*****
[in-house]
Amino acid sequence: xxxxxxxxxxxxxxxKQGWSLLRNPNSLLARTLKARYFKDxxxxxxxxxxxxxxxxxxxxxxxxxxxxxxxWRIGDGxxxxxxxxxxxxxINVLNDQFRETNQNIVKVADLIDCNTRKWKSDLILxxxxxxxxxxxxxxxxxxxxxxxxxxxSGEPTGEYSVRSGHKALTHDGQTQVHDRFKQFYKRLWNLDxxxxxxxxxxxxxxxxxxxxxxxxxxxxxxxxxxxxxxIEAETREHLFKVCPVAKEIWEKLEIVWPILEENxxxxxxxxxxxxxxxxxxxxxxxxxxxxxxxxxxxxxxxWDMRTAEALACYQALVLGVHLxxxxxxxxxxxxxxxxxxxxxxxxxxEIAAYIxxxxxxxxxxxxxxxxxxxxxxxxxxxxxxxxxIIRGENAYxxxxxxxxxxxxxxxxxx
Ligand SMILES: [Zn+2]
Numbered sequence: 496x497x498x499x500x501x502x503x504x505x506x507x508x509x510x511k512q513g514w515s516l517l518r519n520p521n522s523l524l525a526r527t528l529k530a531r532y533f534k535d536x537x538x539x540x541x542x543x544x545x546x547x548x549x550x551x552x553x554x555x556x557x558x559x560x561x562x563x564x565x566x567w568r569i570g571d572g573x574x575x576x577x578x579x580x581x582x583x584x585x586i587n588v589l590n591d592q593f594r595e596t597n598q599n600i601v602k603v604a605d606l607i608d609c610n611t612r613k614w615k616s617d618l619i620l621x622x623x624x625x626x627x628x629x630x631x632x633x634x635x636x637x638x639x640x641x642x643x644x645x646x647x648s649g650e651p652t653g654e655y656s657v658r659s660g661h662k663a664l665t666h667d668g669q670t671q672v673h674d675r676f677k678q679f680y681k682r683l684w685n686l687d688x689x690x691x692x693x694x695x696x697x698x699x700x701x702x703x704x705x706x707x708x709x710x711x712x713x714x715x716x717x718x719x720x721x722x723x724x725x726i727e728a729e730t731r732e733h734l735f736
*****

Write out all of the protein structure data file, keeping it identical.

[in-house]
Amino acid sequence: xxxxxxxxxxxxxxxKQGWSLLRNPNSLLARTLKARYFKDxxxxxxxxxxxxxxxxxxxxxxxxxxxxxxxWRIGDGxxxxxxxxxxxxxINVLNDQFRETNQNIVKVADLIDCNTRKWKSDLILxxxxxxxxxxxxxxxxxxxxxxxxxxxSGEPTGEYSVRSGHKALTHDGQTQVHDRFKQFYKRLWNLDxxxxxxxxxxxxxxxxxxxxxxxxxxxxxxxxxxxxxxIEAETREHLFKVCPVAKEIWEKLEIVWPILEENxxxxxxxxxxxxxxxxxxxxxxxxxxxxxxxxxxxxxxxWDMRTAEALACYQALVLGVHLxxxxxxxxxxxxxxxxxxxxxxxxxxEIAAYIxxxxxxxxxxxxxxxxxxxxxxxxxxxxxxxxxIIRGENAYxxxxxxxxxxxxxxxxxx
Ligand SMILES: [Zn+2]
Numbered sequence: 496x497x498x499x500x501x502x503x504x505x506x507x508x509x510x511k512q513g514w515s516l517l518r519n520p521n522s523l524l525a526r527t528l529k530a531r532y533f534k535d536x537x538x539x540x541x542x543x544x545x546x547x548x549x550x551x552x553x554x555x556x557x558x559x560x561x562x563x564x565x566x567w568r569i570g571d572g573x574x575x576x577x578x579x580x581x582x583x584x585x586i587n588v589l590n591d592q593f594r595e596t597n598q599n600i601v602k603v604a605d606l607i608d609c610n611t612r613k614w615k616s617d618l619i620l621x622x623x624x625x626x627x628x629x630x631x632x633x634x635x636x637x638x639x640x641x642x643x644x645x646x647x648s649g650e651p652t653g654e655y656s657v658r659s660g661h662k663a664l665t666h667d668g669q670t671q672v673h674d675r676f677k678q679f680y681k682r683l684w685n686l687d688x689x690x691x692x693x694x695x696x697x698x699x700x701x702x703x704x705x706x707x708x709x710x711x712x713x714x715x716x717x718x719x720x721x722x723x724x725x726i727e728a729e730t731r732e733h734l735f736